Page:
Scott Sumner understandably wonders why exceedingly high rates of youth unemployment in economies with minimum-wage statutes are seldom explained as being at least in part a consequence of minimum-wage statutes, despite empirical evidence consistent with this explanation.
Pres. Obama insists that raising the hourly U.S. national minimum wage by 39.3 percent – from its current $7.25 to $10.10 by July 2016 – will have (as described by two members of Mr. Obama’s Council of Economic Advisors, Jason Furman and Betsey Stevenson) “little or no negative effect on employment.” Furman and Stevenson and the Administration dispute the Congressional Budget Office’s findings that this proposed hike in the minimum wage will put hundreds of thousands of low-skilled workers out of jobs. So here’s a challenge that I (and others) have posed before but believe to be sufficiently penetrating to pose again. This challenge, of course, is posed to supporters of this hike in the minimum wage: Name some other goods or services for which a government-mandated price hike of 39.3 percent will not cause fewer units of those goods and services to be purchased. Indeed, name even just one such good or service.
If the challengees want to get picky, let’s factor out likely inflation over the next few years. Let’s call the real hike in the minimum wage, not 39.3 percent but, say, 30 percent. Oh heck, let’s assume that inflation will be higher than it will likely be over the next three years. Let’s call the real hike in the minimum wage “only” 25 percent. So I amend slightly my challenge: Name some other goods or services for which a government-mandated price hike of 25 percent will not cause fewer units of those goods and services to be purchased.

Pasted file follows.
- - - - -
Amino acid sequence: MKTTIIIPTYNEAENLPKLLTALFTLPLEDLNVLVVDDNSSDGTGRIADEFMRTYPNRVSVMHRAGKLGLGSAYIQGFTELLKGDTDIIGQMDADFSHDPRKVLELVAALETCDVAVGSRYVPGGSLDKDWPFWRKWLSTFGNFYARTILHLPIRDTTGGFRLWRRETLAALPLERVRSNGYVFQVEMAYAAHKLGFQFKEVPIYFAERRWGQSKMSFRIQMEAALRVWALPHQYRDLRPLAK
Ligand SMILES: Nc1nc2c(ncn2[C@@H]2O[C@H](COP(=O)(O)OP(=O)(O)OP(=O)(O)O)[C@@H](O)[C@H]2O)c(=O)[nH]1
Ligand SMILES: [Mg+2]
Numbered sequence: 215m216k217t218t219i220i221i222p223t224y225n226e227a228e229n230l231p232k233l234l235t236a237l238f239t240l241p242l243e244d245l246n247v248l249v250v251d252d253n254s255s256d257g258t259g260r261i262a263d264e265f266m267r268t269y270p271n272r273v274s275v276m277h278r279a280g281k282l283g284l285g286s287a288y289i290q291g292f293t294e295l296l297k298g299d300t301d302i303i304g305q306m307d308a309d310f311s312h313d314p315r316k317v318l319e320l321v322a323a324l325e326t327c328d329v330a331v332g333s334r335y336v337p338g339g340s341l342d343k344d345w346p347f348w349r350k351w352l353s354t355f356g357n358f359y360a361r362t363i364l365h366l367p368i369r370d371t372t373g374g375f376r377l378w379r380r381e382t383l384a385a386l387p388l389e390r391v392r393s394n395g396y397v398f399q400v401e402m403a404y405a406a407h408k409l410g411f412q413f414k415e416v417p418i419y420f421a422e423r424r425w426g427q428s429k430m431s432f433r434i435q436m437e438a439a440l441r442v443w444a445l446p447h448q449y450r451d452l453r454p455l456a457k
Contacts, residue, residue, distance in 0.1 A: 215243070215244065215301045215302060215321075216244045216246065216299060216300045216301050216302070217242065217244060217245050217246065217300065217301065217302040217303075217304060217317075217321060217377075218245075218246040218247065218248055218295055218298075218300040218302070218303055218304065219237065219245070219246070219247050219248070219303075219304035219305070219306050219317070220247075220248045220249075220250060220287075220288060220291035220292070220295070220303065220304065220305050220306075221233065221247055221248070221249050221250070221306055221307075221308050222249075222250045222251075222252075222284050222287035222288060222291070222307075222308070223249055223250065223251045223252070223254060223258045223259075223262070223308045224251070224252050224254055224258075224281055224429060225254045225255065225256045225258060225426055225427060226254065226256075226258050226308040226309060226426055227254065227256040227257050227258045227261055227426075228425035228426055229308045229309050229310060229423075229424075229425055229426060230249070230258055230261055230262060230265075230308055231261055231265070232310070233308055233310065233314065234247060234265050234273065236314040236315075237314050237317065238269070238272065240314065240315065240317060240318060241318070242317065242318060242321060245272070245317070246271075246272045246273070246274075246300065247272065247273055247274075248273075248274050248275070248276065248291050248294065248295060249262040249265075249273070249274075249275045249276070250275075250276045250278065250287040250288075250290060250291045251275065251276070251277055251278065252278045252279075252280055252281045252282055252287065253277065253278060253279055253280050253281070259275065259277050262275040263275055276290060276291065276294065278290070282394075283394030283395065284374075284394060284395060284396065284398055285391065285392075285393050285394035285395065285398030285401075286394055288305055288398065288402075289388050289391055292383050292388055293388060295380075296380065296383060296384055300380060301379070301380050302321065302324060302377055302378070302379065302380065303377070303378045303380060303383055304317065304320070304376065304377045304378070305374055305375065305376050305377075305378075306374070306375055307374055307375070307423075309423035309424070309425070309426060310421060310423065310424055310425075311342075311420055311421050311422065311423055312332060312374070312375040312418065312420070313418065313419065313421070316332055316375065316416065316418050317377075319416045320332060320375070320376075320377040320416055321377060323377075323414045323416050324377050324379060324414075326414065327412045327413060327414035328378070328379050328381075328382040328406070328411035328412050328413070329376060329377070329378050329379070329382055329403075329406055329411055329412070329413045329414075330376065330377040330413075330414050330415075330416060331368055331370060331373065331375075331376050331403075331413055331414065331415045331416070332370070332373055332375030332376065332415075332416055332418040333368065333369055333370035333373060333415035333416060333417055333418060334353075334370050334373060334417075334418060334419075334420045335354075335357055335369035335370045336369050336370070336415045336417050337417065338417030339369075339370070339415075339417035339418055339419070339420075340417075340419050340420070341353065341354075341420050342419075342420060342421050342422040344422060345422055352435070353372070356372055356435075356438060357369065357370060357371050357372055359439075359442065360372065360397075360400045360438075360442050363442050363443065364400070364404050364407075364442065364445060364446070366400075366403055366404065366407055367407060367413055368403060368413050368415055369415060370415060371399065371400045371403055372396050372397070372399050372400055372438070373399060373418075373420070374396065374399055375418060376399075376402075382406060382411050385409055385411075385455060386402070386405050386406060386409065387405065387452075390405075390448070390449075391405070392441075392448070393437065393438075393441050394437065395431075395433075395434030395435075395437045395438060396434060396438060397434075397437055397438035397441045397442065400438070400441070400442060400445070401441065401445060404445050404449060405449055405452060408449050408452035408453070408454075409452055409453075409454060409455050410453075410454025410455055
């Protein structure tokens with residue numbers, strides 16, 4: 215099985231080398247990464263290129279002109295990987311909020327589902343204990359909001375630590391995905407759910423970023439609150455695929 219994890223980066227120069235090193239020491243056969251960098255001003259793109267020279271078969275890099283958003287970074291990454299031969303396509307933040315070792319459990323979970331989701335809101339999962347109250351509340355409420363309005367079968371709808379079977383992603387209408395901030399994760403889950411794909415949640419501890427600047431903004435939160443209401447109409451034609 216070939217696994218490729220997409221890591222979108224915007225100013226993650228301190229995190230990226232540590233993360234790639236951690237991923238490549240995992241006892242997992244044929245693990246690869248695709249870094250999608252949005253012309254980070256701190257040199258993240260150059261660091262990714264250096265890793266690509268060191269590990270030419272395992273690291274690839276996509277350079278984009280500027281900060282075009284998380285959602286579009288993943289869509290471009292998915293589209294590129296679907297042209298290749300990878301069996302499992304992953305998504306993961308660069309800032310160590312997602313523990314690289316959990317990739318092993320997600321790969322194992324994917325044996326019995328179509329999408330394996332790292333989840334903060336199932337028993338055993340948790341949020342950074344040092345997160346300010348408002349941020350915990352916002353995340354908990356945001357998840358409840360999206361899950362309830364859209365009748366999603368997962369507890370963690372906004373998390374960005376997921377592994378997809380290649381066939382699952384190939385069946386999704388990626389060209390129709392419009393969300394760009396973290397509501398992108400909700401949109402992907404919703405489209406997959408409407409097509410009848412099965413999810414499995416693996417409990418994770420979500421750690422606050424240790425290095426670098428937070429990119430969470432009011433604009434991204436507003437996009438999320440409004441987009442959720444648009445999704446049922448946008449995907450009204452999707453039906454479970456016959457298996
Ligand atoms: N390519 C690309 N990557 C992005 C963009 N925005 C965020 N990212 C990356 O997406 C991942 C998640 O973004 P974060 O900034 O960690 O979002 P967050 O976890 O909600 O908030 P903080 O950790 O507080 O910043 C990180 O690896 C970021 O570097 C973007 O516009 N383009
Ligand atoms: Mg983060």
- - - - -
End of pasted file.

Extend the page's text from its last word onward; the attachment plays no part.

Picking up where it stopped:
Beer? Broccoli? Bulldozers? Coffee? Haircuts? Natural gas? Automobiles? Housing? Preventive health-care? Lawn-care service? Tickets to the movies? Smart phones? Subscriptions to the New York Times? Books by Paul Krugman? Professors of sociology? Assistant professors of economics? Any of these products work for you? If none of these work, surely you can name at least one other for which a 25-percent price hike will not cause fewer units of that product to be purchased. Or does low-skilled labor just happen to be the one good or service in the entire world for which a government-mandated 25-percent rise in the price that its buyers must pay for it will not diminish buyers’ willingness to buy it?
Seriously, name just one other good or service for which you believe that a government-mandated price-hike of 25 percent will not reduce the quantity demanded of that good or service.
Oh, and because if Mr. Obama’s full proposal is enacted the national minimum wage will also from here on in be indexed to inflation, here’s another challenge to anyone who dismisses as unscientific or ideological the standard economic argument against the minimum wage: name one other good or service whose real price, according to economic theory, should never fall relative to the prices of other goods or services?